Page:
NI KOMPLETE KONTROL MK3
With its all-new dual displays and improved integration with Maschine and certain DAWs, this futuristic keyboard hits all the right notes
The second generation of NI’s innovative MIDI keyboard claims even deeper integration than its predecessor ( 212, 9/10) with their own Komplete suite of instruments and Maschine, as well as NKS-compatible plugins from developers including Arturia, Rob Papen and u-he. It’s available in 49- (£479) and 61-key (£559) versions, and while the Fatar synth action keybed is unchanged, everything else has been redesigned to match the simultaneously-released Maschine Mk3 ( 249, 10/10). It’s got the same sexy new look and feel, and – more importantly – the same full-colour LED screens (replacing Mk1’s monochrome text displays), the same combination 4-way joystick/ rotary encoder/button, and a new layout similarly reconfigured for workflow parity.
Komplete Kontrol Mk2 is 23mm deeper from front to back than its predecessor, as is to be expected given the addition of the screens. Happily, it’s now USB bus-powered, and we know that many Mk1 users will be overjoyed at the ejection of the pitch and modulation touchstrips in favour of regular pitch and mod wheels and a single freely-assignable touchstrip. The build quality is exceptional – it feels and plays like a premium instrument in every sense.
Komplete Kontrol Mk2 hooks into the Komplete Kontrol software, which runs standalone or as a VST/AU/AAX plugin. Without that, it’s is just a conventional controller keyboard, albeit CC-mappable using the free Controller Editor software. Komplete Kontrol is a browser for all your NI and NKS instruments, essentially. Prior to Mk2, you had to look at it on your computer monitor to see what you were selecting, and use a single push encoder for stepped navigation and loading. Now, the dual screens replicate every bit of it in glorious technicolour, and the main row of capacitive knobs (touch to pop up menus) and 4D encoder give ‘parallel’ access to a series of hierarchical selection filters – it’s a vast improvement. Hit the Browse button and the left screen shows your NI and NKS-compatible plugins as thumbnails, while the right lists their presets and banks. Select a single instrument or category (drums, samplers or synths), and filter the resulting
“The build quality is exceptional – it feels and plays like a premium instrument in every sense”
presets by Type (Bass, Strings, etc) and Mode (FM, Sample-Based, etc). It’s exactly the same interface that Maschine Studio users have enjoyed for the last couple of years.
Newly added (for Mk2 and Mk1), however, is the Prehear option, which fires off a stored sample of every preset as it’s selected, so you can audition before you load. This is just a static one-shot or loop, but obviously it wouldn’t be possible to instantly load each device as you sweep through them, so it’s as good a solution as is possible. We expect we’ll be able to generate preview files for User patches at some point, but currently it’s for factory presets only.
As before, loading a preset launches its instrument within the Komplete Kontrol shell, where it appears just as it would if called up as a plugin in any other host. The Mk2 displays show a static graphic of the plugin (not a real-time representation), and the knobs are automatically assigned to its parameters in banks of eight – it all looks a lot nicer than before, but functionally, everything is as it was.
Apart from thinner LEDs, the brilliant Light Guide system remains the same. This uses an RGB LED on every key to highlight the notes of the scale, chord or arpeggio set up in Smart Play, as well as indicating the MIDI notes coming in from the host DAW, and mirroring the coloured keyswitches and cells in instruments that have them (Kontakt, Battery, Polyplex, etc), and the pads in Maschine. Smart Play is one of the keyboard’s most useful features, enabling scale/ key filtering/snapping, automatic chord generation and arpeggiation directly from Komplete Kontrol itself.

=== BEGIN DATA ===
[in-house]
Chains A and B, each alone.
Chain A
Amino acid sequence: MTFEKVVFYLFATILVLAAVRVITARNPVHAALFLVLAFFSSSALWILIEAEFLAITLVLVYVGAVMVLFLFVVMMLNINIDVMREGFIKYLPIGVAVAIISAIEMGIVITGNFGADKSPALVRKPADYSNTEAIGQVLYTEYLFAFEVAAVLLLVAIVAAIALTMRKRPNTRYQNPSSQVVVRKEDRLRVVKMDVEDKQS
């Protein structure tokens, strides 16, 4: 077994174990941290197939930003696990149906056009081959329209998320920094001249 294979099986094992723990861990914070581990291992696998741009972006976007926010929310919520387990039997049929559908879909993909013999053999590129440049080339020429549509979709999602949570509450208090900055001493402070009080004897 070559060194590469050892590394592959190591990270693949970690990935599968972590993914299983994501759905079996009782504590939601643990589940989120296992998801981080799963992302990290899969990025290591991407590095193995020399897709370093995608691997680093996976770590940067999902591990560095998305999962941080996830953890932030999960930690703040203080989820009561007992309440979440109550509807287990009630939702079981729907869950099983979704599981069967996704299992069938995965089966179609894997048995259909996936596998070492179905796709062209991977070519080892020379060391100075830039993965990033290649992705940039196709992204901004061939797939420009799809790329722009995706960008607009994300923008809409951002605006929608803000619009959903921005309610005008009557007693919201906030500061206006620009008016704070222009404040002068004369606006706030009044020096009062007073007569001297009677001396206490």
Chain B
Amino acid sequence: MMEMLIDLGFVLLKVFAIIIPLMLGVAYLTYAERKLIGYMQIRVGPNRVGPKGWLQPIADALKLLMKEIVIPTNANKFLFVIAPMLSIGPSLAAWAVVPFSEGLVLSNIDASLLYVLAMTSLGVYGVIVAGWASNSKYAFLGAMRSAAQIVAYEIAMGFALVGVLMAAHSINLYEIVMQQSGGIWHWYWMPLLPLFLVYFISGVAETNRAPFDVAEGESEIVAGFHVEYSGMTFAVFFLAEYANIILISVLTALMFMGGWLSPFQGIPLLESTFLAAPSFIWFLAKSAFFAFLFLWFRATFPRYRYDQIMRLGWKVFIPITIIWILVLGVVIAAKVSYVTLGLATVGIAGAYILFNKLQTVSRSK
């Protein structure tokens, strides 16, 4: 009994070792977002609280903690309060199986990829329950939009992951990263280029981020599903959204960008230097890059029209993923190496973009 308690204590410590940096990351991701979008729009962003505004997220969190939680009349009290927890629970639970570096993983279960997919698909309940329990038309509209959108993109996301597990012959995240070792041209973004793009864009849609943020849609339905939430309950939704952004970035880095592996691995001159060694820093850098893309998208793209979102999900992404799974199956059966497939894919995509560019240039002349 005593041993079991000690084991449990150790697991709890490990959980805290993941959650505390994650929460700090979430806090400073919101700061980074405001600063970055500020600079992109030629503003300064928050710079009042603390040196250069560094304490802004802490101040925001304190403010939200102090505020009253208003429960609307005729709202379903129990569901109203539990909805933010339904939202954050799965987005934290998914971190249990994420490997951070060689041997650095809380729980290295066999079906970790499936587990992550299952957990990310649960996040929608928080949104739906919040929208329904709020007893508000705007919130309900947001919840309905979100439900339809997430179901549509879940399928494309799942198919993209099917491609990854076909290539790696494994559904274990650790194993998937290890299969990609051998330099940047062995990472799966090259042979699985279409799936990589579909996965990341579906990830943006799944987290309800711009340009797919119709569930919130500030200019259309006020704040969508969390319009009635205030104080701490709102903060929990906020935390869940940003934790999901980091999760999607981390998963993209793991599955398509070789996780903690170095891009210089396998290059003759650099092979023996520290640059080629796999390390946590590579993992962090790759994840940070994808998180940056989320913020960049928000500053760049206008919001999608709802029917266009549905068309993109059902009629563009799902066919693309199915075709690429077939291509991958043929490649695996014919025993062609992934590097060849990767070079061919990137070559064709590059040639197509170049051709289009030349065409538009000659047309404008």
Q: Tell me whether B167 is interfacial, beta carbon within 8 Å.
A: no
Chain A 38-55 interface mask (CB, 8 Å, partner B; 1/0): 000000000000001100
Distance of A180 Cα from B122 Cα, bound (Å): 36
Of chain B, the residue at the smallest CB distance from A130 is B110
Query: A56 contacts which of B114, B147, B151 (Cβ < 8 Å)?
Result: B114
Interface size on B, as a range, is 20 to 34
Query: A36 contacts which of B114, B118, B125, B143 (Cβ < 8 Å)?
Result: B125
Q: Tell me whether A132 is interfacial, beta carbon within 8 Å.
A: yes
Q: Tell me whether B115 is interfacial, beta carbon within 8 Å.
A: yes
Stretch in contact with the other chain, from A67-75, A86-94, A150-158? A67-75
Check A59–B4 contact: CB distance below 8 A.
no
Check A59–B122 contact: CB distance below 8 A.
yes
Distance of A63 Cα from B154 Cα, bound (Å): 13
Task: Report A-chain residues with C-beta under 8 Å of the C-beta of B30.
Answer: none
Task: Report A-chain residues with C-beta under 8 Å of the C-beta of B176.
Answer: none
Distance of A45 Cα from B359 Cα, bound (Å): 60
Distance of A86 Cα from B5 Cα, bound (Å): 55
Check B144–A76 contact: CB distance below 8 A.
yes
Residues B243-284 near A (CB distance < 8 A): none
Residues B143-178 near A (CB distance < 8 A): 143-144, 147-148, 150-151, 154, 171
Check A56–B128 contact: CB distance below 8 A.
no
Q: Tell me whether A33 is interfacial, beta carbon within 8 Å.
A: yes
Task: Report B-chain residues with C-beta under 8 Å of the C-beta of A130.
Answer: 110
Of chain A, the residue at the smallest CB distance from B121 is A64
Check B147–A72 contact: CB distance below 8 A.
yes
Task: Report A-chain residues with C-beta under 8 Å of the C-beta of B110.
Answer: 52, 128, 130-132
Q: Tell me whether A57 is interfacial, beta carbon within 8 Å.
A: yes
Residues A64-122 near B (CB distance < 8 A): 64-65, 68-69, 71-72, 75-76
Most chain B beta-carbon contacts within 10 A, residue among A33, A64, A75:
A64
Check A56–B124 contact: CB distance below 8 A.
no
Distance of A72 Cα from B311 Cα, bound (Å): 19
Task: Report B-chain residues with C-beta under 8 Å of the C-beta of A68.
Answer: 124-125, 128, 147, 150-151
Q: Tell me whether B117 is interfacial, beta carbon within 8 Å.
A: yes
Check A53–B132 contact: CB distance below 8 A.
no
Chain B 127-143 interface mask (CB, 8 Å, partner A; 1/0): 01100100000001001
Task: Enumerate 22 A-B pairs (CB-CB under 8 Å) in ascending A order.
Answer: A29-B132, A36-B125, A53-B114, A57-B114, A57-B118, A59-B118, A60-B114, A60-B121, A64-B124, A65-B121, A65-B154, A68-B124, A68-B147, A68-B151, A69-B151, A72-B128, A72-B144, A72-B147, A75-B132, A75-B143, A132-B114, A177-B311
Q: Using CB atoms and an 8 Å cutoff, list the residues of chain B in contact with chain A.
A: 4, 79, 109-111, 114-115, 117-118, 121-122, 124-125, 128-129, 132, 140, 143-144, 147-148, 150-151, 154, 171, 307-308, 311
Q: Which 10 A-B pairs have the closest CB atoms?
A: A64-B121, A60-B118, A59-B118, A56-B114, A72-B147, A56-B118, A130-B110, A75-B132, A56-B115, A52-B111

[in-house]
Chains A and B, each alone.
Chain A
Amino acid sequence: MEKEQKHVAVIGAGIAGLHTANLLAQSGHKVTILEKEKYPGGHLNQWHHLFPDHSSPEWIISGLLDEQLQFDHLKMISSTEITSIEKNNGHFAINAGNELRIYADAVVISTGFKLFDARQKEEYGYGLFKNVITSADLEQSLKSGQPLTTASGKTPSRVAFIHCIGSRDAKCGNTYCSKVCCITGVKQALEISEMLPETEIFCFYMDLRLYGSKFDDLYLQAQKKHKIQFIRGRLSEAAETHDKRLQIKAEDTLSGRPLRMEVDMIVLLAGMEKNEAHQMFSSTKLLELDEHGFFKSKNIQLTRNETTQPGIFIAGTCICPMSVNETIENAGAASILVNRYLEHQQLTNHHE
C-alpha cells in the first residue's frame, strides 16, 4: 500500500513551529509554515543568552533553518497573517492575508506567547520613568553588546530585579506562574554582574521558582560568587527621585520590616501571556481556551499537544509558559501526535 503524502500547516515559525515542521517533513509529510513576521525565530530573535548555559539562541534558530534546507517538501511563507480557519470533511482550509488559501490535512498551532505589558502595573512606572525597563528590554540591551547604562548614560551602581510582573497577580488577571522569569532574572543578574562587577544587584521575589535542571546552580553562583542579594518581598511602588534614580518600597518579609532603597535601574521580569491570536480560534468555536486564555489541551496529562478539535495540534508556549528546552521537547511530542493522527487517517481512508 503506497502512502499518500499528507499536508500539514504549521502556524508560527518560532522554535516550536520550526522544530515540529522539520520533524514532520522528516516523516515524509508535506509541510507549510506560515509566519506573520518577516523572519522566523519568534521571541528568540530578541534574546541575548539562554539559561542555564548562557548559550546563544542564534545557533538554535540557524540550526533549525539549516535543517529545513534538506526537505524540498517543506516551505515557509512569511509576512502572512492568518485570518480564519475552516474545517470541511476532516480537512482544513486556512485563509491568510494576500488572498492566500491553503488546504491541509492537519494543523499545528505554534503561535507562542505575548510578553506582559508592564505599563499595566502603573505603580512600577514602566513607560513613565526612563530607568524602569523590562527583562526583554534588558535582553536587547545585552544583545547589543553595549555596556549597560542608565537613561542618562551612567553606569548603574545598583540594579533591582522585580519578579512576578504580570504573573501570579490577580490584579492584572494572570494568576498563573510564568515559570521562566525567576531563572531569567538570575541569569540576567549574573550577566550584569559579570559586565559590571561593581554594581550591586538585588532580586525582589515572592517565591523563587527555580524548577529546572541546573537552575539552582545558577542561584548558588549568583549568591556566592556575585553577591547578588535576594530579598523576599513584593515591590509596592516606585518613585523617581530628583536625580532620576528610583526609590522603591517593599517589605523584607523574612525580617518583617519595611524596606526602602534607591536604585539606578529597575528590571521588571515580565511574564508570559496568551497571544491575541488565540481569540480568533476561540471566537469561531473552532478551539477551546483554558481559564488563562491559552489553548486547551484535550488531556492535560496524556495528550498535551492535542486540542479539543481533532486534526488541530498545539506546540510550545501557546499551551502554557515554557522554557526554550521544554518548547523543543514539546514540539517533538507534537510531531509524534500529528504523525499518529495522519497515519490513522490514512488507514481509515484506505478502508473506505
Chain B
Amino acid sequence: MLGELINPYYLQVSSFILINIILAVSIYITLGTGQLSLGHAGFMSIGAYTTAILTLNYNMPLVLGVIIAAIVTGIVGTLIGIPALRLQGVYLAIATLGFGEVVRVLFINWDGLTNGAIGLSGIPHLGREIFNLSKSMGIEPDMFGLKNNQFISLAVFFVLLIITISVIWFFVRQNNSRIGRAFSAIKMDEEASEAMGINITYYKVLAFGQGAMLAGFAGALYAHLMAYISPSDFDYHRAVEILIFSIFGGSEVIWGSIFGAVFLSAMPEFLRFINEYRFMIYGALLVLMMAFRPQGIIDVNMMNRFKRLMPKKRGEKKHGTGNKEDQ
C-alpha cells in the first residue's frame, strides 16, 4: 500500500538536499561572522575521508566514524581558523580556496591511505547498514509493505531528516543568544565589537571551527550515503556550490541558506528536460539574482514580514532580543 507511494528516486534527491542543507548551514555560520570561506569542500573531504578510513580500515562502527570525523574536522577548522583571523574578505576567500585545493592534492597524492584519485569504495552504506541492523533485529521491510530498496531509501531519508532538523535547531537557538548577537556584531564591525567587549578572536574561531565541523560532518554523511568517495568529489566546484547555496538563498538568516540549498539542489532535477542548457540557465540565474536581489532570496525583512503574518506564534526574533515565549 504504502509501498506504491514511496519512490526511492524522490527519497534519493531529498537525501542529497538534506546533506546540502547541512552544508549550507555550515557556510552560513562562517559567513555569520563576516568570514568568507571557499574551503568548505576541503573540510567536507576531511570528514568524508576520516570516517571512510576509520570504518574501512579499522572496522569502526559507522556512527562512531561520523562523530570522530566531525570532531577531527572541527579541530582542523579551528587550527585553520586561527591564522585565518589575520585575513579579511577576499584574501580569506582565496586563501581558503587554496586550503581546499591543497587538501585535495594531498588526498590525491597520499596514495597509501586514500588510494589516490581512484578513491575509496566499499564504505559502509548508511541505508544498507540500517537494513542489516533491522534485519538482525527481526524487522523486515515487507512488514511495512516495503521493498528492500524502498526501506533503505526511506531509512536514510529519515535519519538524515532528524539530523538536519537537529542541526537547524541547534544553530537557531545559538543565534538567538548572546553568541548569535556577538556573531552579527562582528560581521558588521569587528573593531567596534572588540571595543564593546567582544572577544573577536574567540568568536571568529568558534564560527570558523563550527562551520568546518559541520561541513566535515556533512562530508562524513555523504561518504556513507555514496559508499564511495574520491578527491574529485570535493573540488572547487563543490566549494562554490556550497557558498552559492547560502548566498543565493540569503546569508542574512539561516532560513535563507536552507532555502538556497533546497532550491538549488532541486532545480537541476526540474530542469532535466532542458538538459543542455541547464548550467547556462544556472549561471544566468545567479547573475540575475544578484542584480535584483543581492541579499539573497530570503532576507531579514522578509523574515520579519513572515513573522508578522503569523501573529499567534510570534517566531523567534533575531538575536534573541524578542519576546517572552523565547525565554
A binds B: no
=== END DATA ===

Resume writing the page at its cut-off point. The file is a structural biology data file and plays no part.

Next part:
Despite those swanky new displays, for us Light Guide is still Komplete Kontrol’s best feature. We loved it before and we love it now.
Komplete Kontrol’s Host Integration setup affords a degree of control over a handful of DAWs – currently, for this version, Ableton Live, Apple Logic Pro X and Garageband, with Steinberg Cubase and Nuendo coming soon. With Mk1, this was limited to transport functions, and track selection and focus, but now, thanks to the screens, 4D encoder and new multifunction buttons, it includes the mixer (selection, levels, pans, solos and mutes, with the displays showing level meters and faders), Live clip/scene launching and recording, tap tempo, timeline scrubbing, and dedicated buttons for Quantize, Undo/Redo, Automation arm, and Loop and Metronome on/off. It’s a big step up from the original implementation, which was (and, indeed, still is) hobbled by the limitations of the Mk1 hardware.
Komplete Kontrol Mk2 is a huge upgrade. With Mk1, the hardware controlled the browser on the computer, but now the hardware is the browser. And the integration with Maschine and other DAWs is utterly transformed by the two screens and revamped knobs and buttons. Let’s not forget the chunky pitch and mod wheels, either, which feel superb. On the down side, as with Maschine Mk3, we could take or leave the 4D controller, which never feels quite right for accurate navigation; and non-Maschine users might feel a bit glum about the five redundant buttons to the left of the screens.
Powerful, luxurious and genuinely assistive, Komplete Kontrol Mk2 is the ultimate controller for the Komplete instrument range, and the perfect partner for Maschine.
“Despite those swanky displays, for us, Light Guide is still Komplete Kontrol’s best feature”
The Komplete Kontrol software is a central hub for all your Native Instruments and NKS instruments